Set in the near future of 2027, a former British SAS mercenary by the name of Ben Saxon makes his way around Panama in order to secure Neuropozyne from a local source for both himself and his associate, Anna Kelso. However, he is ultimately led into uncovering a drug conspiracy behind his previous employers distributing a new and untested drug called Reizene, and a mercenary group known as the ‘Tyrants’ after he runs into an old squad mate that was presumed dead.
Deus Ex: The Fall is a mobile game for Android and iOS devices that was recently ported to the PC. Deus Ex: The Fall is based around the events of the novel Deus Ex: Icarus Effect, and serves as a sequel to the novel itself. The game takes place during the same time as Human Revolution, following Ben Saxon as he searches for the truth behind a drug conspiracy involving a new alternative anti-rejection drug called Reizene and its illegal distribution through Panama and its slums.
When it comes to the story of this game, it seems rather fitting and somewhat appealing for a Deus Ex game when you read about it. Unfortunately, actually playing the game seems to show that it’s the exact opposite; with a storyline that’s difficult to follow without losing interest along the way, as well as boring dialogue and rather uninteresting characters, you’ll honestly have a hard time following what’s going on. The conversations between NPCs, whether they be related to side missions or the main story, are drawn out quite a bit with some unnecessary information that could’ve been easily skipped. On top of that, the game seems to rely more on literally telling you everything it can about one particular moment in the game, instead of letting you find the information yourself along the way. This kind of breaks away from the norm people expect from the Deus Ex series, which takes away from digging up necessary information and replaces it with extended dialogue that could very well make the player lose interest in the game.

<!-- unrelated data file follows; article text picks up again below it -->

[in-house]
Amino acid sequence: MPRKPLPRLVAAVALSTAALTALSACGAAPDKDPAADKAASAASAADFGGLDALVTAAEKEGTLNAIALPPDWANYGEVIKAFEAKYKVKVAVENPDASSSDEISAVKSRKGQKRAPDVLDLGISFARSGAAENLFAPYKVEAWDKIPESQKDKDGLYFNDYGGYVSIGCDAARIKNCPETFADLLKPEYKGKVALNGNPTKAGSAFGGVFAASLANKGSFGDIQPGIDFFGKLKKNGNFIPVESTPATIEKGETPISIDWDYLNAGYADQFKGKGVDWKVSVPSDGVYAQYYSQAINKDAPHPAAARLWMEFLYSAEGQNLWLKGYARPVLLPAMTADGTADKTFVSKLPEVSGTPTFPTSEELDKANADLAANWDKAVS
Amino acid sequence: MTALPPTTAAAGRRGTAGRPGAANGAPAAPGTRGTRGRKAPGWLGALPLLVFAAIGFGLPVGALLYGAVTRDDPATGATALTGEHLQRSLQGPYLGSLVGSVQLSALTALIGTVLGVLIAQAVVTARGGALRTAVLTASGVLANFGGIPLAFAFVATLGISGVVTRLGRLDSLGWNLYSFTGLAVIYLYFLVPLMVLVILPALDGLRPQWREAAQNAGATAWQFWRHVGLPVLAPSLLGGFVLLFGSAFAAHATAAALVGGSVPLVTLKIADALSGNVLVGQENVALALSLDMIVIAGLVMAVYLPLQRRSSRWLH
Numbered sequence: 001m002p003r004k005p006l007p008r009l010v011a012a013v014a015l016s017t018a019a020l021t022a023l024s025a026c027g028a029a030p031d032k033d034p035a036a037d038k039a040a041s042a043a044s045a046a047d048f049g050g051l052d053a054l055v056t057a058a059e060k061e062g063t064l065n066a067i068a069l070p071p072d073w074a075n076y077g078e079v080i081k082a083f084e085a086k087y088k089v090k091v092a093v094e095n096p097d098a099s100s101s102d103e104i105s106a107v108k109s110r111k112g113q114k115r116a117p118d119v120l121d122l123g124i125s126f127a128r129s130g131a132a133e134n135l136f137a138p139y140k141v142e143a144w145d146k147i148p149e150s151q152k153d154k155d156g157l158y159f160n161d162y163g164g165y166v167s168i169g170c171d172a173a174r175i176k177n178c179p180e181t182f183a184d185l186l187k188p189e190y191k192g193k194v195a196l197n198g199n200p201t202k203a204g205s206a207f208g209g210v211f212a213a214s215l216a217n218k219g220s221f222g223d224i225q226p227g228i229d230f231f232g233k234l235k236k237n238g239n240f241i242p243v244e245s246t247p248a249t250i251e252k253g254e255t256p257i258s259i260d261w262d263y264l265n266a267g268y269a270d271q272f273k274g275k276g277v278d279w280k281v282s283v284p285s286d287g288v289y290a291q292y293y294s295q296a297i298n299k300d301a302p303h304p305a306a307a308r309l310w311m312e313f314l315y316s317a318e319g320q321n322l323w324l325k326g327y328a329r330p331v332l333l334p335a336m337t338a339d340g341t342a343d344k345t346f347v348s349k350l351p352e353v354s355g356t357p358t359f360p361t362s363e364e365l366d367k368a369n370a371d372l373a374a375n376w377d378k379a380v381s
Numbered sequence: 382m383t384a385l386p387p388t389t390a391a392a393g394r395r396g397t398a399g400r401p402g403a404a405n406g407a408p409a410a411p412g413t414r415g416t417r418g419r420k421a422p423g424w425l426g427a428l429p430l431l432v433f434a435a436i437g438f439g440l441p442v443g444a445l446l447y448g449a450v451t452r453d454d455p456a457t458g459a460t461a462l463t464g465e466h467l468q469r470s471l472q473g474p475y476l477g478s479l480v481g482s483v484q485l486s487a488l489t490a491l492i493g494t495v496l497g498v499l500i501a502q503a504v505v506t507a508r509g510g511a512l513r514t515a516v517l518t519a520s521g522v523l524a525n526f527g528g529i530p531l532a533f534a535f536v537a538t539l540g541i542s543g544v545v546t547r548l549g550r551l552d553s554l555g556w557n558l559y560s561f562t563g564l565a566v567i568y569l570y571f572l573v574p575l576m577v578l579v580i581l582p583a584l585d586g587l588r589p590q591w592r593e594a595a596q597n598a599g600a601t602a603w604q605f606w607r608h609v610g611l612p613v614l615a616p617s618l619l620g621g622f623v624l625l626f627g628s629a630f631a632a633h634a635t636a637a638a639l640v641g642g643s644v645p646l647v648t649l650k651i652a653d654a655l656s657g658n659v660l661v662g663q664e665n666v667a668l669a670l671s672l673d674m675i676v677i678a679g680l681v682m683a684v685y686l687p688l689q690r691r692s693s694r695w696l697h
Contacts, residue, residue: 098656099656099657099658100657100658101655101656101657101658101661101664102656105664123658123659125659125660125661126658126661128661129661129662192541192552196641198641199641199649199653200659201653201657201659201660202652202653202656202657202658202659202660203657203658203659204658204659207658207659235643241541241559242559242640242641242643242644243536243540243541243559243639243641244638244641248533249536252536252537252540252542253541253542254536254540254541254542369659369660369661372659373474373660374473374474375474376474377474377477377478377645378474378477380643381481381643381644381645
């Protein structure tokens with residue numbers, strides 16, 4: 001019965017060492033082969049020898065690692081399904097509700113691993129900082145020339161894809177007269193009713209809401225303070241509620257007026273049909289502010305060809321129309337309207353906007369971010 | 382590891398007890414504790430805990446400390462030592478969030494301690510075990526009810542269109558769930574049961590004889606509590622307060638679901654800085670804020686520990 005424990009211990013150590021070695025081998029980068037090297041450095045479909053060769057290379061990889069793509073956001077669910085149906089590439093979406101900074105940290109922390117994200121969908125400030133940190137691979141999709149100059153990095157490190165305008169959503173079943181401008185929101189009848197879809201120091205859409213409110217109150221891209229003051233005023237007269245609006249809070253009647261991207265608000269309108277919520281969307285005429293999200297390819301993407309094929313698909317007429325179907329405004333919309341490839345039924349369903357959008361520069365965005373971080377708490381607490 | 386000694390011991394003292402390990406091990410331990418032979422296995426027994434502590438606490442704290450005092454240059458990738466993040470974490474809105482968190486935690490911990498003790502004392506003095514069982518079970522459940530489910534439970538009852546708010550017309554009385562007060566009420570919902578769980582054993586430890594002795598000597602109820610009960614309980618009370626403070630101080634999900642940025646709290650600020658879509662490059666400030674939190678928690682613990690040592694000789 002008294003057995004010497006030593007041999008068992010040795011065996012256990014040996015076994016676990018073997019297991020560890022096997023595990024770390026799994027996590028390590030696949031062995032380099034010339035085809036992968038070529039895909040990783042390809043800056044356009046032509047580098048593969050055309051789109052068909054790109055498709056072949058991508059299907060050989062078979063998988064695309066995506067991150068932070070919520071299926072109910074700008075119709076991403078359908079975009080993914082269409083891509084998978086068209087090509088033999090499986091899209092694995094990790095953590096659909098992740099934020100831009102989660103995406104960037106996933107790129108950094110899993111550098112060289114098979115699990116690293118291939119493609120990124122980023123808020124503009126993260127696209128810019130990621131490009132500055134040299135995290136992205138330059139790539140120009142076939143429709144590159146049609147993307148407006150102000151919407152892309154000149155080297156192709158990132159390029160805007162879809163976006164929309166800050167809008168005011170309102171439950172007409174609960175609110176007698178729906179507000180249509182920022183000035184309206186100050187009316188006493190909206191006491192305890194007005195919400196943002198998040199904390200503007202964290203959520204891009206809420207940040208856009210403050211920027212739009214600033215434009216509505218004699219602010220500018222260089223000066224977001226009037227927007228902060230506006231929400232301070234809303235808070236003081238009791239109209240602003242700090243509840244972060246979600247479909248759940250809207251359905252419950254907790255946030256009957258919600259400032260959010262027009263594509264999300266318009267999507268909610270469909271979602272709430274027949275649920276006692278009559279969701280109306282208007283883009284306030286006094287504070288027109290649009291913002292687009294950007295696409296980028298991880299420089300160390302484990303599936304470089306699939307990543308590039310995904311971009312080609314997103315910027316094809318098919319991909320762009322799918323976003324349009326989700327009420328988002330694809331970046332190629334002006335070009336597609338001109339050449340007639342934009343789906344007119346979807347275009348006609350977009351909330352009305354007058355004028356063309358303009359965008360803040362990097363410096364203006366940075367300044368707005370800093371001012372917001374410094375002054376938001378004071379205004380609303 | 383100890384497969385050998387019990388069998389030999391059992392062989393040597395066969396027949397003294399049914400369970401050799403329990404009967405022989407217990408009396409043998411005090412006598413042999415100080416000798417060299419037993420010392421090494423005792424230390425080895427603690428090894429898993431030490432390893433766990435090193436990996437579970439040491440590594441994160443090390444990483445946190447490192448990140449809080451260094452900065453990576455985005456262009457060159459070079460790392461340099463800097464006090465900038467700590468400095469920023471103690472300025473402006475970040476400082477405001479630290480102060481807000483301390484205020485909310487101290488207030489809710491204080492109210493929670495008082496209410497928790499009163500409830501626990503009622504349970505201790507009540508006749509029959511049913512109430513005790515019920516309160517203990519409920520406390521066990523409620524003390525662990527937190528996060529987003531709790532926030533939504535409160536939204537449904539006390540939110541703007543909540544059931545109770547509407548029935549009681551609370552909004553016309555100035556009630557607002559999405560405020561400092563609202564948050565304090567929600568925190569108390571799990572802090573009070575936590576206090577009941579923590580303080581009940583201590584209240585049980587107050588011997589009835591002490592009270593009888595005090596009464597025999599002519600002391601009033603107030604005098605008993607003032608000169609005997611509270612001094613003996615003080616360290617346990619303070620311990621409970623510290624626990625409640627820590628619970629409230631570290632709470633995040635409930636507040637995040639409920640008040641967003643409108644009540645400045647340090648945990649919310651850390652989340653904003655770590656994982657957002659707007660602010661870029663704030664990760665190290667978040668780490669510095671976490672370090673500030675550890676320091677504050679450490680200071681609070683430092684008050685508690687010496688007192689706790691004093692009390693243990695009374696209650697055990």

In terms of visual quality, this game is a bit mixed in terms of quality, but ultimately comes off as a bit sub-par for a PC title. Deus Ex: The Fall runs on the Unity engine, demanding very little to play on its highest quality and allowing players with a low-end system the ability to play this game without worry. The Fall also makes use of the assets from Deus Ex: Human Revolution, giving it a more fitting appearance for a Deus Ex title. However, this is about as far as the game goes in terms of positive remarks on its appearance; although the environments look good, the lack of shaders seen in the game tends to take away from them, leading to a somewhat dull appearance when comparing it to Human Revolution. Male and female NPCs are also very low quality and seem like something you’d expect from an older game, and are extremely limited in terms of variation; at most, you’ll see one or two models that look different from each other based on gender alone, while every other NPC will literally be using the same model and a maybe variations of the same textures. There’s also the matter of the weapon models having noticeable smoothing related issues that give them a lower quality appearance when compared to what you see in Human Revolution.
You will literally see these two everywhere you go. It’s like they managed to clone themselves!